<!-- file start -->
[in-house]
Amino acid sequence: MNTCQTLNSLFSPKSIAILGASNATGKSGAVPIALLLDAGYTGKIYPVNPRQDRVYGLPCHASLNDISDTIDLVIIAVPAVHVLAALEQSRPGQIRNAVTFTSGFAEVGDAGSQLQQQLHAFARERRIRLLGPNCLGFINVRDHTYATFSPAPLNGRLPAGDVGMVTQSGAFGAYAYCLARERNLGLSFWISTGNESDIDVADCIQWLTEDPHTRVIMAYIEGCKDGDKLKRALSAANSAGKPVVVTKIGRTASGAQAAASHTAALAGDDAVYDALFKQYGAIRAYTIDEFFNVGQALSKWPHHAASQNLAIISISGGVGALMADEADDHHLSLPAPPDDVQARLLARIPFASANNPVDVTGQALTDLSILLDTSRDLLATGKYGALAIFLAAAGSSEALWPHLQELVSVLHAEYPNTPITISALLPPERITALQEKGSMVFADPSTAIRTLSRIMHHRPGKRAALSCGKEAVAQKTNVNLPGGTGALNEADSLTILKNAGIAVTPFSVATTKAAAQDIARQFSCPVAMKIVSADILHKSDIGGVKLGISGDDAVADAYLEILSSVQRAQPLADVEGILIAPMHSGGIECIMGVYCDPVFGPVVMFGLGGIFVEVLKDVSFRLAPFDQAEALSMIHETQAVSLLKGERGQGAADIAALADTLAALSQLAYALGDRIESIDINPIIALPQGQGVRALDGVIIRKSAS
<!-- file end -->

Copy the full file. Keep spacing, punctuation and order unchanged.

[in-house]
Amino acid sequence: MNTCQTLNSLFSPKSIAILGASNATGKSGAVPIALLLDAGYTGKIYPVNPRQDRVYGLPCHASLNDISDTIDLVIIAVPAVHVLAALEQSRPGQIRNAVTFTSGFAEVGDAGSQLQQQLHAFARERRIRLLGPNCLGFINVRDHTYATFSPAPLNGRLPAGDVGMVTQSGAFGAYAYCLARERNLGLSFWISTGNESDIDVADCIQWLTEDPHTRVIMAYIEGCKDGDKLKRALSAANSAGKPVVVTKIGRTASGAQAAASHTAALAGDDAVYDALFKQYGAIRAYTIDEFFNVGQALSKWPHHAASQNLAIISISGGVGALMADEADDHHLSLPAPPDDVQARLLARIPFASANNPVDVTGQALTDLSILLDTSRDLLATGKYGALAIFLAAAGSSEALWPHLQELVSVLHAEYPNTPITISALLPPERITALQEKGSMVFADPSTAIRTLSRIMHHRPGKRAALSCGKEAVAQKTNVNLPGGTGALNEADSLTILKNAGIAVTPFSVATTKAAAQDIARQFSCPVAMKIVSADILHKSDIGGVKLGISGDDAVADAYLEILSSVQRAQPLADVEGILIAPMHSGGIECIMGVYCDPVFGPVVMFGLGGIFVEVLKDVSFRLAPFDQAEALSMIHETQAVSLLKGERGQGAADIAALADTLAALSQLAYALGDRIESIDINPIIALPQGQGVRALDGVIIRKSAS